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New Blog
1 June 2013, 22:55,
New Blog
Some may know we have an area of woodland which earns us a small income, and which I've viewed in vague terms as a long-term bug-out location, should it be needed.

Over the last couple of weeks I've come across some insights that have caused me to re-think and focus a lot more on the woodland, with long term sustainable management and food production in mind.

The new blog will track my thoughts in real-time as I develop and refine our plans for the wood, as well as diarising the activity there. I know there are people on the forum with much more experience of growing and permaculture than I have, so any comments will be most welcome!

Hope people find it interesting to look through.

Find a resilient place and way to live, then sit back and watch a momentous period in history unfold.
2 June 2013, 13:53, (This post was last modified: 2 June 2013, 14:00 by ObongoPox.)
RE: New Blog
You're on the North shore(ie Black Isle)of Moray Firth.I extrapolate this from the South-West looking pic.I think you should break your goals up into 90 day blocks.Best of luck.

Aren't you worried about being so close to obvious nuke targets like RAF Lossiemouth and the other one(name eludes me)?

Should have been question mark after "North shore".
Suburban neighbours= stranger- danger.
2 June 2013, 19:24,
RE: New Blog
I am very envious of your woodlands,..what an opportunity. For me the one pity is that everything is in blocks, you have a great variety of deciduous trees but it would have been so much better for the wood, wildlife and most future activities if it was more of a mixed planting

I like the idea of the nursery, this will be vital for the long term engagement of the wood,.. without seeing the wood myself, I would be thinking of removing some of the firs either from removing dead trees or trees that are large enough for selling, or simply through thinning out, and putting deciduous trees in their place, providing the trees that are removed leave enough light for you do do so.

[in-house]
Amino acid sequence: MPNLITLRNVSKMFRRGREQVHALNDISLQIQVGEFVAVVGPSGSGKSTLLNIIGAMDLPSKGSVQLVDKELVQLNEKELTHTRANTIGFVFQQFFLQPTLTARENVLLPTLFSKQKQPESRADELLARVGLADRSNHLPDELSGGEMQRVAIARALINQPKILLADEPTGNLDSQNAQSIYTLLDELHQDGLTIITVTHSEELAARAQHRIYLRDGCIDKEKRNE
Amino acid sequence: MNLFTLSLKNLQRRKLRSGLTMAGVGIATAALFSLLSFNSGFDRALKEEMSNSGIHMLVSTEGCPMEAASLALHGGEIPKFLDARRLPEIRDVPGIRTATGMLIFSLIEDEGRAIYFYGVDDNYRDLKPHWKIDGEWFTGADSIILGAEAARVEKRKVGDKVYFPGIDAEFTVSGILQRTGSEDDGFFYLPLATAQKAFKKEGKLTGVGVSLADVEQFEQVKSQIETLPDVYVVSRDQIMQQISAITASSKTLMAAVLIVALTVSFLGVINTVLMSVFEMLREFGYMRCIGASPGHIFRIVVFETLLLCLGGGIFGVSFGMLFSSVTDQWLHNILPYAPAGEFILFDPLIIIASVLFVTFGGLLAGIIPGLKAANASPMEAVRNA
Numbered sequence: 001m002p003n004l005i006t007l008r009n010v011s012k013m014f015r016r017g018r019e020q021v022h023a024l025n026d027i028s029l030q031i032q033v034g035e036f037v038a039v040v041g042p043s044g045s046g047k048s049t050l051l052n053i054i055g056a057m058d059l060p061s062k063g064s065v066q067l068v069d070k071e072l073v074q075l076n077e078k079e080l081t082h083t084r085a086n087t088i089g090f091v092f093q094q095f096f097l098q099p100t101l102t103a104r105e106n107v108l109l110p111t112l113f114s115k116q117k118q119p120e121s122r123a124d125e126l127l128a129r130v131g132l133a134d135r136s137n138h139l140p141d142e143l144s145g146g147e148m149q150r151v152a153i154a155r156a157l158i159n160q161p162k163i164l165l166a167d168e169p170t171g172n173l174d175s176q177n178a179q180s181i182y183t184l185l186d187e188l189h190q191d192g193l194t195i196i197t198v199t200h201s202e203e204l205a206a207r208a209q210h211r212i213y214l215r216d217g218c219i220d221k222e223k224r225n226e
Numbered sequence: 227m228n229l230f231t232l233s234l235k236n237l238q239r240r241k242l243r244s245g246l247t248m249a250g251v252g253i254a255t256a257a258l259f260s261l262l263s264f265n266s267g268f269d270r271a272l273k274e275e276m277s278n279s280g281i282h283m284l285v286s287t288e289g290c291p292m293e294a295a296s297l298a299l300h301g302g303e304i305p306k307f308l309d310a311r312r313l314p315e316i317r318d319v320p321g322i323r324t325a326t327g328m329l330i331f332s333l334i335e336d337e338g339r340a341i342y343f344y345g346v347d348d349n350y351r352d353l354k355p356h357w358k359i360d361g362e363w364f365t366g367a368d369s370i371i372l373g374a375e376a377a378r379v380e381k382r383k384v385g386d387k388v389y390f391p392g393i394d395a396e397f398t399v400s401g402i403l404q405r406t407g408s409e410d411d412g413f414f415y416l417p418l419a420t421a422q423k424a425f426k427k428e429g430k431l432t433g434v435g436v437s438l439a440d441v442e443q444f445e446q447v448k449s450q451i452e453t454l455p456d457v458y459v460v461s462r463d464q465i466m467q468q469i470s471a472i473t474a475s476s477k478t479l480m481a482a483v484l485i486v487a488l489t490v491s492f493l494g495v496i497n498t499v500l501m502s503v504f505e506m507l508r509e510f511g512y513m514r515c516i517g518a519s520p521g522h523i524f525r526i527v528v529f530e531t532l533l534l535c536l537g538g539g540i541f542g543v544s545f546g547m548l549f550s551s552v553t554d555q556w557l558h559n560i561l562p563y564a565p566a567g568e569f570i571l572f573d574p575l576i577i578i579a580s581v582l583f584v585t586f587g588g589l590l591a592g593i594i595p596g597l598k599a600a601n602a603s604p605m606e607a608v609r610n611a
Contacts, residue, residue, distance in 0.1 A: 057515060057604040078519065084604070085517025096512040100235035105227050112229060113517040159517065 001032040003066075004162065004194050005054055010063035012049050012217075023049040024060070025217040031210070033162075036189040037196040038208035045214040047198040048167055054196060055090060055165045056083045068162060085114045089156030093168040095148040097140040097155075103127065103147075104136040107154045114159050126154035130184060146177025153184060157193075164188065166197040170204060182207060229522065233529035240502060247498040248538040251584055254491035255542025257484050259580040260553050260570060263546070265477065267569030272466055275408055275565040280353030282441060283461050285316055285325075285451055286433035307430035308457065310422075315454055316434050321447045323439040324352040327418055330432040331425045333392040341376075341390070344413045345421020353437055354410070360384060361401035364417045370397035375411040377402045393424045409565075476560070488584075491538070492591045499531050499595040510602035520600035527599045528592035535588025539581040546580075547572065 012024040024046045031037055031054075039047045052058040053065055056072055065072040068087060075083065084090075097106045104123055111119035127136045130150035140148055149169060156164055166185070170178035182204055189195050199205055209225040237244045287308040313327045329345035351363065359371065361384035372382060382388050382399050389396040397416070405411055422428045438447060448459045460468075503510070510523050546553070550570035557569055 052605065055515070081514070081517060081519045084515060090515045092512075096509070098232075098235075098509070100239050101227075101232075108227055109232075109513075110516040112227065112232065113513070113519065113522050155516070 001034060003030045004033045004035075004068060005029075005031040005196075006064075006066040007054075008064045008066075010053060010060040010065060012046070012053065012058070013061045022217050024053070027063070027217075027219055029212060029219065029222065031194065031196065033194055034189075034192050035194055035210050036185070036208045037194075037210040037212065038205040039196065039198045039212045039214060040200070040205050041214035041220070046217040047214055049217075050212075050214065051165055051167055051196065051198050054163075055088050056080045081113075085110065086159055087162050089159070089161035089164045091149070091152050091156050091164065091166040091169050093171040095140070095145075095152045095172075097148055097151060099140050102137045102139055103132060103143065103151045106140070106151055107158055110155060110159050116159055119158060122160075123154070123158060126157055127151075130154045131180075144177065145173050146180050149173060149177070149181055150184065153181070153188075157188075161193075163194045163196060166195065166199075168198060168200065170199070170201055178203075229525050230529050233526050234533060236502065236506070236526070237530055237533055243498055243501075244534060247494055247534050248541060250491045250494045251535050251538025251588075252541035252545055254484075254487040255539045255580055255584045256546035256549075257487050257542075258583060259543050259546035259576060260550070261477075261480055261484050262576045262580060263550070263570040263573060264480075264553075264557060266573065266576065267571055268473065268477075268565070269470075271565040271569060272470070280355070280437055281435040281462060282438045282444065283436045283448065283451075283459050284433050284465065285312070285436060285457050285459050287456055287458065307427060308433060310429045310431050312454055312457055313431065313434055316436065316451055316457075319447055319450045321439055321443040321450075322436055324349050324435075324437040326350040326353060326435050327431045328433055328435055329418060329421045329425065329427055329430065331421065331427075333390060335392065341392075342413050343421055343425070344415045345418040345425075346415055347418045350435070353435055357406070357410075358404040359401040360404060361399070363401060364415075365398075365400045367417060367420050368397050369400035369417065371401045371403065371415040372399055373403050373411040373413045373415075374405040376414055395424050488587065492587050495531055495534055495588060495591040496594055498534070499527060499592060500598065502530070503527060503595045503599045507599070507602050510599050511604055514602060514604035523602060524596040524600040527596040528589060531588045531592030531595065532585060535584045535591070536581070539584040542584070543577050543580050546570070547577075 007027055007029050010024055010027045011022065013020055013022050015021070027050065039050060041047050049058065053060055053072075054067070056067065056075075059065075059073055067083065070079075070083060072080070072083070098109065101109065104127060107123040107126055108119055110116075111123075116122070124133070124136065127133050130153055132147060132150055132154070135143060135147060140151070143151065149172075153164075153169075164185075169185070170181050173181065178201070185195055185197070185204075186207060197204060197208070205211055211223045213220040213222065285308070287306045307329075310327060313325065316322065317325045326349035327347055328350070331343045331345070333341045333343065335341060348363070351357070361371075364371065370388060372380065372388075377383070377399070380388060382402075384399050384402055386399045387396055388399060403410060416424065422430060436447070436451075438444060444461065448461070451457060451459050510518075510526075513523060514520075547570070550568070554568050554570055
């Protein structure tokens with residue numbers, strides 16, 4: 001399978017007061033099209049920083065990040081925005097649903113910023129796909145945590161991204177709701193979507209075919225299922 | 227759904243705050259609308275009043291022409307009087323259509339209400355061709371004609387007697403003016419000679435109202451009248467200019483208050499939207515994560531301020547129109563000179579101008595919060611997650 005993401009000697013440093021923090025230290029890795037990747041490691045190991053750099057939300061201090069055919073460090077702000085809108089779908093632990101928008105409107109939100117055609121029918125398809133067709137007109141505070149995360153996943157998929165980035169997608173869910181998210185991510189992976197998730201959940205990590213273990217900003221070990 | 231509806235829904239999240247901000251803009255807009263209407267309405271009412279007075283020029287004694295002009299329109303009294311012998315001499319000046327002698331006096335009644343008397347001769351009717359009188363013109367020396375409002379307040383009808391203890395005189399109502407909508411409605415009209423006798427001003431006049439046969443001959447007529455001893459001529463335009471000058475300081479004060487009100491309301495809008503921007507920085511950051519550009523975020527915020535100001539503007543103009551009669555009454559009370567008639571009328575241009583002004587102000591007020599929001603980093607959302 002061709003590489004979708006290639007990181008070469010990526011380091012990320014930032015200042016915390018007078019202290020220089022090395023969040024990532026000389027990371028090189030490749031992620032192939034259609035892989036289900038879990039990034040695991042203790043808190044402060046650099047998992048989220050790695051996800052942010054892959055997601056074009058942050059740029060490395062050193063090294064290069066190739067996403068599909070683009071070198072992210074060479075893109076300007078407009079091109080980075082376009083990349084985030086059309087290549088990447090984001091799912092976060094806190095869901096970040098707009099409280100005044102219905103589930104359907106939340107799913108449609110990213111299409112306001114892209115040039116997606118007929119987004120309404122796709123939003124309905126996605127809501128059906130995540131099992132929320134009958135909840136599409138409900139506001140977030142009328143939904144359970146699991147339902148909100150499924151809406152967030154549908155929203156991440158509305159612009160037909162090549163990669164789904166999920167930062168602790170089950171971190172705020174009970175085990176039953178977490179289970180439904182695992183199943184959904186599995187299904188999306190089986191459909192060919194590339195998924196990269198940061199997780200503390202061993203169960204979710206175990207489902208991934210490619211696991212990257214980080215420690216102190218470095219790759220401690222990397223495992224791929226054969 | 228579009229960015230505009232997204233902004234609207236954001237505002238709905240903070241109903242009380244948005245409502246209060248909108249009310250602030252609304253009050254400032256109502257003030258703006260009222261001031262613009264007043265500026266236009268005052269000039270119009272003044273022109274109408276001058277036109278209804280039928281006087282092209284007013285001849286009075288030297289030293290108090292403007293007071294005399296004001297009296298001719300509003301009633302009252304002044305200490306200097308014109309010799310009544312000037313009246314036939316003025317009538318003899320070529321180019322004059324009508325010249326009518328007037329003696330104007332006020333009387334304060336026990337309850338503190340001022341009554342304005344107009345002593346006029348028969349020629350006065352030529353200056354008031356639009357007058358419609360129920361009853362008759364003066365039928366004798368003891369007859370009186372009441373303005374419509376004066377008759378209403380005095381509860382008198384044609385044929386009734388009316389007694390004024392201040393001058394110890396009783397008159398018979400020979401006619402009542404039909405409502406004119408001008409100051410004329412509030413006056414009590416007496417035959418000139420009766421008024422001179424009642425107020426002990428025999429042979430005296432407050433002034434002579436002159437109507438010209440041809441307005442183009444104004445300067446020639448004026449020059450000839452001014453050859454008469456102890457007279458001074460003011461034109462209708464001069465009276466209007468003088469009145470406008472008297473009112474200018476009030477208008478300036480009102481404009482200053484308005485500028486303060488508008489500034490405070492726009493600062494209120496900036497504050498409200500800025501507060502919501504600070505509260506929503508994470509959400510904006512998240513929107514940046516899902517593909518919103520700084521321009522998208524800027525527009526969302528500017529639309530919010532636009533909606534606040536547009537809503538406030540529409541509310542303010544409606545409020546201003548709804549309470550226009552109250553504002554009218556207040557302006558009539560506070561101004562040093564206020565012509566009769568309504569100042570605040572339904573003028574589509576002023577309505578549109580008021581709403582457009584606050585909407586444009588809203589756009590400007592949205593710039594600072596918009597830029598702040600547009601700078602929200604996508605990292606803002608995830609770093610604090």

The camping is a good idea,.. everything you do will cost you, and camping will offset the cost a bit, but I would be very careful in how I went about it, I wouldn't want the normal camping type site, there is far too great a risk of fire for that, what would be nice is something like a scouts camp, or forestry education campers,... campers that are monitored

I wish you well with it all, whatever you do
A major part of survival is invisibility.
2 June 2013, 19:30,
RE: New Blog
I have been considering buying some woodland for some time now but the price they want down here is just sillyBig Grin and the smaller the piece of land the MORE money they want for it...crazy!Angry
2 June 2013, 20:28,
RE: New Blog
@ Highlander - You've pretty much nailed what I'm intending to do. I'm planning on thinning around 10% of the Noble crop and the intention is, absolutely, to replant with native broadleaves. There are some natural glades, from where some of the Nobles failed to thrive. They tend to be in low spots, so I think it may be due to wet ground. I might put Alder there. They like wet conditions. For the camping, I'm thinking of a bushcraft / eco-camping offer, with just one site initially. Pre-erected canvas bell-tent(s) for 4-6 people in total, with a private covered dining area and composting loo. It would appeal to those who want to try living off-grid, might be interested in the woodland, but don't want to rough it too much! People seem to be prepared to pay large amounts of money for this kind of thing.

@Bigpaul; you have my sympathies. We first started looking down south, then realised how much more we could get for the money in Scotland. You're right; going bigger definitely gives you better value per acre, although it will obviously cost more overall.

@Obongo; yes, we're near the Black Isle, but not on it. The woodland is fairly exposed to Lossiemouth (and I think you're probably thinking of Kinloss), but our house is a few miles further inland (abt 25 miles from Lossie as the heat-flash flies) and is shielded by an escarpment. The property is 200 years old, built with 2 ft thick walls, and one end is partly below street level, so I do have plans to create a fall-out refuge in there if necessary. We should be OK as far as heat flash and blast damage are concerned, unless something drops off-target in our direction. But you can't be totally risk-free. It's nuclear war we're talking about!

Thanks for all your comments guys.
Find a resilient place and way to live, then sit back and watch a momentous period in history unfold.

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